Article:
Dunedin History Museum
The History and Future of the Dunedin History Museum
A non-profit organization focused on community and historical preservation, the Dunedin History Museum has become a major part of Dunedin. Known for its exhibits, holiday events, Orange Festivals, “History Comes Alive” experiences, cocktail parties, and much more, the museum breaks the mold on what is thought of as a traditional museum. Fusing history, education, and community interaction, the Dunedin History Museum welcomes all.
The museum was not always a museum, for it once was a railroad station. In 1888, the Orange Belt Railroad made its way through Dunedin. Plagued by narrow and haphazardly placed tracks, trains using this route were dangerous, uncomfortable, and were often late to appointments. In 1902, the railroad was taken over by the Atlantic Coast Line Railroad, building a Dunedin railroad station (the current museum’s building) in 1924. The ACL’s acquisition of the railroad helped bring prosperity to Dunedin, boosting both the local citrus industry and tourism.
The railroad officially ended in 1987, allowing one last train to travel from Dunedin to Tarpon Springs and back. Once the railroad was retired, the tracks were pulled up, leaving an available space for new projects. The public and the state agreed to turn the vacant rail-trails into a new recreational trail, the Pinellas Trail. This trail (going from St. Petersburg to Tarpon Springs) can be used by joggers, cyclists, and helps locals travel without the need of a car or bus.
Before the former railroad station would become the Dunedin History Museum we know today, the Dunedin Historical Society had to be formed. Though talked about in 1969, the Dunedin Historical Society was officially created in 1970. The creation of the Society was seemingly created in response to the news that the historic Andrews Memorial Chapel would be torn down, prompting an attempt to save the chapel. Successfully saving, moving, and renovating the chapel, the Society began to preserve the history of Dunedin.
Whether it was giving “History Maker Awards” to community members or creating “Self-guided Walking Tours”, the Society became a prominent part of the community and Dunedin’s identity. Starting first with a lease in 1973, an additional permission in 1977, and ending with the last train ride in 1987, the Dunedin Historical Society made the former Atlantic Coast Line station its new home.
Looking more at the history within the museum rather than the museum itself, the archives are a mixture between electronic and traditional pieces. Electronically, the museum has an archive of the Dunedin Times newspaper from 1924-1965. Available online for the public, this Dunedin Times archive is easily searchable, allowing specific word and date searches. As for the traditional archive, the museum has thousands of photos, newspapers, and artifacts. These pieces range from sports history to World War II alligator tank production to pioneering families.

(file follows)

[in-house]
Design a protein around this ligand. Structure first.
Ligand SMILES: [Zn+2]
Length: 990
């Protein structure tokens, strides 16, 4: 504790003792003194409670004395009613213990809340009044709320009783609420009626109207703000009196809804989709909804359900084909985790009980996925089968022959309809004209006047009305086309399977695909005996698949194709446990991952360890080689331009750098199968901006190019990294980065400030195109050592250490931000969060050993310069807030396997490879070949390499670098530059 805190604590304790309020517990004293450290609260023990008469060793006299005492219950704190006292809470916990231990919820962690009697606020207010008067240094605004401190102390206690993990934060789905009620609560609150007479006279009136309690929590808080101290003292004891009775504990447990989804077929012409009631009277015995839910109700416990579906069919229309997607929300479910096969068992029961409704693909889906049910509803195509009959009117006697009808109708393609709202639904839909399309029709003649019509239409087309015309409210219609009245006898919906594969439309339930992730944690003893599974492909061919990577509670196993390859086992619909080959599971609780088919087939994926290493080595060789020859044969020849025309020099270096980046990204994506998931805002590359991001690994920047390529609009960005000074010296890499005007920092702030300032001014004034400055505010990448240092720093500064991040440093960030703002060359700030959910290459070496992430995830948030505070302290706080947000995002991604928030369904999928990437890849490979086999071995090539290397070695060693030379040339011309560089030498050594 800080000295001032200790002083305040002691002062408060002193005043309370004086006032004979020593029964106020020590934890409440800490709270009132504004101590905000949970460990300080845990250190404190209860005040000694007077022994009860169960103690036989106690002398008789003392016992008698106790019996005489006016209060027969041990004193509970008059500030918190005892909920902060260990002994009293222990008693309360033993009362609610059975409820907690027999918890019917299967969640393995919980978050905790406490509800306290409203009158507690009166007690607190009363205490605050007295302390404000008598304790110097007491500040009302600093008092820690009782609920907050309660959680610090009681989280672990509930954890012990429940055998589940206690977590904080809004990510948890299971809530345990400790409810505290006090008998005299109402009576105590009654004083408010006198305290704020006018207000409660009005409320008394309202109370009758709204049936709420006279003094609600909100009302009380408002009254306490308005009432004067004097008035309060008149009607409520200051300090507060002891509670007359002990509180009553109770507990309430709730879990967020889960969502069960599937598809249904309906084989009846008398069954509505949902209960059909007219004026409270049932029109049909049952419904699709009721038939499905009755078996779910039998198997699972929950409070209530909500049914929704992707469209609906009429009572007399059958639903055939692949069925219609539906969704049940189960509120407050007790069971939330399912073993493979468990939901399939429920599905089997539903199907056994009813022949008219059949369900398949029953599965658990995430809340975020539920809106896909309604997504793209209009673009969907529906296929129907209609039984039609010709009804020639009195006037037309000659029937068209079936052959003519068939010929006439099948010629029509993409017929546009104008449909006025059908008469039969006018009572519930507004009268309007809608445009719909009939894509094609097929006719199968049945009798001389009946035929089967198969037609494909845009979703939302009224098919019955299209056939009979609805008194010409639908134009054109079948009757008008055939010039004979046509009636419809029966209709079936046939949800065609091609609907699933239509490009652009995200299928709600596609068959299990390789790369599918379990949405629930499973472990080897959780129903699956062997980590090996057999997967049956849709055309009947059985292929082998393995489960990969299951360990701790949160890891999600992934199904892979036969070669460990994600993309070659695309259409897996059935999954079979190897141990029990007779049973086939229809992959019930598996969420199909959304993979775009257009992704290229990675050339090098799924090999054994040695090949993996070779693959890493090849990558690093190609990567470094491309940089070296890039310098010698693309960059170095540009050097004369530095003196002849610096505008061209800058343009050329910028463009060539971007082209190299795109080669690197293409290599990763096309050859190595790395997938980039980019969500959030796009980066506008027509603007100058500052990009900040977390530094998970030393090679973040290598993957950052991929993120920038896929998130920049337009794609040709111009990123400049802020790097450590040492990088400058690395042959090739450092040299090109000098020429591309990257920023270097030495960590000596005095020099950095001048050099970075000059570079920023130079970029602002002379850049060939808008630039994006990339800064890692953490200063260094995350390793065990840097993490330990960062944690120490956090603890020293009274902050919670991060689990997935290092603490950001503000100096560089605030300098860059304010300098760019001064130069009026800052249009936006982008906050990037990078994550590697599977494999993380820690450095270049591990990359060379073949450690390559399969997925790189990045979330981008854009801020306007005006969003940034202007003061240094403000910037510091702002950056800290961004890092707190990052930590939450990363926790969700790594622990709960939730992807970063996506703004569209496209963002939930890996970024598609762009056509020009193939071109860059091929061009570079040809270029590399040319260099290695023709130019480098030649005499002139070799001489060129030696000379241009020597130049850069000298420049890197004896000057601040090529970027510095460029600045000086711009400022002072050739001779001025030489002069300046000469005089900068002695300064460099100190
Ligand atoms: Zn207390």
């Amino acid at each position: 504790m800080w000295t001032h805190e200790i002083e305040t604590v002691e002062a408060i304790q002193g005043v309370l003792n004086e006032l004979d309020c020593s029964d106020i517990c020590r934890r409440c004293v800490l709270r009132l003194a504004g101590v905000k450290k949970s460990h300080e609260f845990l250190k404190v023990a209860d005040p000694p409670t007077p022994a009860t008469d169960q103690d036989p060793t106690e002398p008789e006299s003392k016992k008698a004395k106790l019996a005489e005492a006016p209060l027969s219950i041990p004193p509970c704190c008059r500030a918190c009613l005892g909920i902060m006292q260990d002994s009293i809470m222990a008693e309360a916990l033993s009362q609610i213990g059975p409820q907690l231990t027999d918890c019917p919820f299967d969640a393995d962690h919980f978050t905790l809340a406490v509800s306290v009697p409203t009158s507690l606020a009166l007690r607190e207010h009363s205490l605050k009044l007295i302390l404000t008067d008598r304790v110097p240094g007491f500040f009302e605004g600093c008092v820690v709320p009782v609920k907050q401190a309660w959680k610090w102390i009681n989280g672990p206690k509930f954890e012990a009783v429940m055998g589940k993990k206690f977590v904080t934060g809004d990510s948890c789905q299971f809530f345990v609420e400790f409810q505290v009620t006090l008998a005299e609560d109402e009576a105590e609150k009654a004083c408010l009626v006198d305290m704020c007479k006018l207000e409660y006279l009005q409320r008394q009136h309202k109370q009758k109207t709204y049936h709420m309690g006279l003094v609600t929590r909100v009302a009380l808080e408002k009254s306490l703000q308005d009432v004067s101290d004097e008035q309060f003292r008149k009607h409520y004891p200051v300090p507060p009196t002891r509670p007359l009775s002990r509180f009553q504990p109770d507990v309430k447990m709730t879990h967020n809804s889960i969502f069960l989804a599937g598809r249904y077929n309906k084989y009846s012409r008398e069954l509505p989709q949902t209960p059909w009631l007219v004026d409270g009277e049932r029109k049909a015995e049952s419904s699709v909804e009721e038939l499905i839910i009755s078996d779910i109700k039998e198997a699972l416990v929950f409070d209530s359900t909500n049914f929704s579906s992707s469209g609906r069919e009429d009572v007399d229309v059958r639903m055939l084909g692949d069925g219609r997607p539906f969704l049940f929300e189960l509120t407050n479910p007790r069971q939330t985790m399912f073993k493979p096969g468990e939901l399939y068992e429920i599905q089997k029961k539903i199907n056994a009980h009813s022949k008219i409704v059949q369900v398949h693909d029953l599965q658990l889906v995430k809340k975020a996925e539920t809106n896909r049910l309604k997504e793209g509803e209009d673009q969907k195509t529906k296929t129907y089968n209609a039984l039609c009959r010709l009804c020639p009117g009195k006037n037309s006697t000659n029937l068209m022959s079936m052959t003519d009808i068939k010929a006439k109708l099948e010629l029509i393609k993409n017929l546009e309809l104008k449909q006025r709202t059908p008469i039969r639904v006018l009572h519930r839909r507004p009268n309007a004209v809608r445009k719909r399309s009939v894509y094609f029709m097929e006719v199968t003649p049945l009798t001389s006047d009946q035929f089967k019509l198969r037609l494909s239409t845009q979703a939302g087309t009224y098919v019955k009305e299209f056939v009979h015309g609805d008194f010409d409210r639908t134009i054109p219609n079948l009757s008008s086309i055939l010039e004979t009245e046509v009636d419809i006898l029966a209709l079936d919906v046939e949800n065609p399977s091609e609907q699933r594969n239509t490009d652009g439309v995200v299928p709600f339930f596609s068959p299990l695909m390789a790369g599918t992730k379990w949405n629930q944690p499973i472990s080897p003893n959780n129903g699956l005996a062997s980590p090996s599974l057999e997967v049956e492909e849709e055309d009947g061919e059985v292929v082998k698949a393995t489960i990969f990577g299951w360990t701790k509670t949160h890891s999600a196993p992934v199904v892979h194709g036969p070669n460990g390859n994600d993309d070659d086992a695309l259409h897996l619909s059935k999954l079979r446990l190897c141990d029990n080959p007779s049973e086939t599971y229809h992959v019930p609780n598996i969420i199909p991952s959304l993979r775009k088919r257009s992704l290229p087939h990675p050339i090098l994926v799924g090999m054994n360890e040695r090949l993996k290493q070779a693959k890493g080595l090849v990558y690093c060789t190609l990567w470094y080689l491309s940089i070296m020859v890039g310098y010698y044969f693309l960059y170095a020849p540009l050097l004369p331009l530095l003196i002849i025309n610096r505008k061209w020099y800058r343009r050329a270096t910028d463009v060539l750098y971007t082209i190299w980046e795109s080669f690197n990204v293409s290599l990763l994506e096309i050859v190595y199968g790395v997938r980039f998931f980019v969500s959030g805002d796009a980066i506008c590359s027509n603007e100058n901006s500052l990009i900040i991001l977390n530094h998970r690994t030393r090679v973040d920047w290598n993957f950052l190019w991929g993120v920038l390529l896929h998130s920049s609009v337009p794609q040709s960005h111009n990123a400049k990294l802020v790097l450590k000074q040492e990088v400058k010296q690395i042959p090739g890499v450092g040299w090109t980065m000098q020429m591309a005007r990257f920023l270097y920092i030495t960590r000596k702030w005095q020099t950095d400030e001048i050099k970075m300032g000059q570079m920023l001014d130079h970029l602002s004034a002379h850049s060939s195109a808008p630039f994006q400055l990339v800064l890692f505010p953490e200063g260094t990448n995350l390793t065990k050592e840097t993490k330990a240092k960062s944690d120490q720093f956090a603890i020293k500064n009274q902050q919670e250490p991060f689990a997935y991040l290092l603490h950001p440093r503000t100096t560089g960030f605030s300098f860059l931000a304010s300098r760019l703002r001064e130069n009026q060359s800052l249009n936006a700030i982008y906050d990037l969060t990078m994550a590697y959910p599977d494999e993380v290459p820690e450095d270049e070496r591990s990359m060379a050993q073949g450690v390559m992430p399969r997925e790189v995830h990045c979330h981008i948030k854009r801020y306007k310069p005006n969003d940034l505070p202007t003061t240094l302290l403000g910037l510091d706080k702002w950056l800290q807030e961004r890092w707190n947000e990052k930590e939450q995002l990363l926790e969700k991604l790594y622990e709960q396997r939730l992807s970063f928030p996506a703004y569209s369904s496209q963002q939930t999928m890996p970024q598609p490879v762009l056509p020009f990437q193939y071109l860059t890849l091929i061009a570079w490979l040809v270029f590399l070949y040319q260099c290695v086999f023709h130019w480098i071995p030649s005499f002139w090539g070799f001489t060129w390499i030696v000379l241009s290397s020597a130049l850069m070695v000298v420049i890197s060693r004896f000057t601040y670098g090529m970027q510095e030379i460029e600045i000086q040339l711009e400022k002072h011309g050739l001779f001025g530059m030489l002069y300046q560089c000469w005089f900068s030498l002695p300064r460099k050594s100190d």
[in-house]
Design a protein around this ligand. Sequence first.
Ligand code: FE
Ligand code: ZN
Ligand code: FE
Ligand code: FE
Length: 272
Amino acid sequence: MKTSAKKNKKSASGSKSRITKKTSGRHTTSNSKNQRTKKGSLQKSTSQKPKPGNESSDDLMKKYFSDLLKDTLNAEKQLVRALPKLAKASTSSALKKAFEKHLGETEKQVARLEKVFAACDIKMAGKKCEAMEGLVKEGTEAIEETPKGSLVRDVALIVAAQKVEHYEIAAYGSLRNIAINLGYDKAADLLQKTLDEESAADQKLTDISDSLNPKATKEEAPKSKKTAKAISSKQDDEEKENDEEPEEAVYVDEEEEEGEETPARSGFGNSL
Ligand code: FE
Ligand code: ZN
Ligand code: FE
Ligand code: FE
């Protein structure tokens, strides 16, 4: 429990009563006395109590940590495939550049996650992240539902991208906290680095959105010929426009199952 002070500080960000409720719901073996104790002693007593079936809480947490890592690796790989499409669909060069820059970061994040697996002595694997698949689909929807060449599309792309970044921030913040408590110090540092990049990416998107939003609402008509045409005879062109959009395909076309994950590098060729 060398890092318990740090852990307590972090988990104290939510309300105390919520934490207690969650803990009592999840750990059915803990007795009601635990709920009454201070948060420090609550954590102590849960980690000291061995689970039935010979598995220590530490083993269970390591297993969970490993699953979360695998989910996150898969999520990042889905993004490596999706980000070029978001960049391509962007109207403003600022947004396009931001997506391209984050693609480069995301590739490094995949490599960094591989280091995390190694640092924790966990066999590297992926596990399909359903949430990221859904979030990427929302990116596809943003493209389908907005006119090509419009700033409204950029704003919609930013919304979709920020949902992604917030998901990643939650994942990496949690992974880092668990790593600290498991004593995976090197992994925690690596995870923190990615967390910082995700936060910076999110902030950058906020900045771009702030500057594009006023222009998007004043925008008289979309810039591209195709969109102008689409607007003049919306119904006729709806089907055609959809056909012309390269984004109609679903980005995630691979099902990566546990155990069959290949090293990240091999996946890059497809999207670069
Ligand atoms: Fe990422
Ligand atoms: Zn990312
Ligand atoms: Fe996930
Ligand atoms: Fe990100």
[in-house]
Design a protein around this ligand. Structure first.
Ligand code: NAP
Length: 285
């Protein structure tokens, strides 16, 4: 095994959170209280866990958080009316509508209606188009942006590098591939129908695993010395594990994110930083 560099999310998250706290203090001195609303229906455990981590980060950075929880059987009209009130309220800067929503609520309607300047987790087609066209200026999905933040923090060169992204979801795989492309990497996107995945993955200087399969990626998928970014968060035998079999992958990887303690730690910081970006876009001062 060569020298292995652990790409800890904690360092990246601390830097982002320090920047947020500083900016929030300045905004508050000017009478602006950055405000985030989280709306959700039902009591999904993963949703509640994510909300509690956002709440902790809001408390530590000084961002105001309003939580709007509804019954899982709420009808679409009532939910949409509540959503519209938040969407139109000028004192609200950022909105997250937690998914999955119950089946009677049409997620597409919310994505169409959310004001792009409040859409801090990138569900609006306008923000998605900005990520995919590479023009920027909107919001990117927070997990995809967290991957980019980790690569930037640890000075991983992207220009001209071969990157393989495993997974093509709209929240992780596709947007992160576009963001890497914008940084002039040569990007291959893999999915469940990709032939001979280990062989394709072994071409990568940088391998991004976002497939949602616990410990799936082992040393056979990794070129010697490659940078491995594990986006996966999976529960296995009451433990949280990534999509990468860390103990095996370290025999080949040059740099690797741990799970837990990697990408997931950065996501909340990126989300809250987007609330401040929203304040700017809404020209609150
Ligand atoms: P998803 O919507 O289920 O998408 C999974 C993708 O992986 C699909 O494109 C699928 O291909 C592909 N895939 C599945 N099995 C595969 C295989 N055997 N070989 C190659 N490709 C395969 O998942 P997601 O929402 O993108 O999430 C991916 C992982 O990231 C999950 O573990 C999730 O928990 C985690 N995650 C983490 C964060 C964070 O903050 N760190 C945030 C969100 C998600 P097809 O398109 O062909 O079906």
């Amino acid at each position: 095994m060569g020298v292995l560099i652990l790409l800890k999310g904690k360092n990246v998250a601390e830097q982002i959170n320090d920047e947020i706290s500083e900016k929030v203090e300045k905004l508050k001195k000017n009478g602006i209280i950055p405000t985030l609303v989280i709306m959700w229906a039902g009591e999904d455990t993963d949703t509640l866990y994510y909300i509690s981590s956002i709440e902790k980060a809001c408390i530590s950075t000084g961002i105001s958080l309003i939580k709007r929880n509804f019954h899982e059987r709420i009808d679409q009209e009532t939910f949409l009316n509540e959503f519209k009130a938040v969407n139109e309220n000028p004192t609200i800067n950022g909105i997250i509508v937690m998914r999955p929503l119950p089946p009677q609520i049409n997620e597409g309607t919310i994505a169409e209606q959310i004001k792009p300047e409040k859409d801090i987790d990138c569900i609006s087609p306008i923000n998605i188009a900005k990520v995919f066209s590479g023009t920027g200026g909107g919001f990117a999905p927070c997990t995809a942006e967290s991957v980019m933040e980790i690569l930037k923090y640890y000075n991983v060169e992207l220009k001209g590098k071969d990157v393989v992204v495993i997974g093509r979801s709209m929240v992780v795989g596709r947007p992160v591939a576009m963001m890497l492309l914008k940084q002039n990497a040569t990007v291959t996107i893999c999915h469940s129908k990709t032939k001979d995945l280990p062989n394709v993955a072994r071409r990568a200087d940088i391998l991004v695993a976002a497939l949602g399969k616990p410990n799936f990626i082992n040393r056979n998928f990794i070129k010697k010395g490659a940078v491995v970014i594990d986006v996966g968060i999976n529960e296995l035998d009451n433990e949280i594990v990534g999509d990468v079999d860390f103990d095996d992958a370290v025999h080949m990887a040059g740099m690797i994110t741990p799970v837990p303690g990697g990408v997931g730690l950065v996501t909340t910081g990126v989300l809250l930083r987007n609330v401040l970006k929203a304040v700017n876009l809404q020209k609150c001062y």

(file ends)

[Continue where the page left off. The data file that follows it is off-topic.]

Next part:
In more modern times, the Dunedin History Museum is currently under renovations as of November 2017 and should reopen in March 2018. These renovations (building additions, new galleries, interactive exhibits, more research, etc.) were brought about by multiple grants and personal financing ($400,000 from the state of Florida, $200,000 from the city of Dunedin, and $100,000 from the museum itself). This amount of money and improvement/innovation has its purpose, not only to provide the best community-based historical experiences, but also to help with the museum’s campaign to be accredited by the American Alliance of Museums (AAM) in 2020. A non-profit association that represents the highest excellence and standards of a museum, being accredited by the AAM gives a legitimacy that can lead to future funding, shared exhibits with other museums, and much more. This accreditation campaign will be kicked off on the Dunedin Historical Society’s 50th anniversary (2020) with an opening of a time capsule made by the original Society members in 1970.
Known for their various experiences and close history with the community, the Dunedin History Museum has become a staple of Dunedin. Starting as a community trying the save a local chapel, the museum looks to put its community first. Whether you would like to participate in community events or attend a scheduled appointment to research in the archive, the Dunedin History Museum is a place for everyone.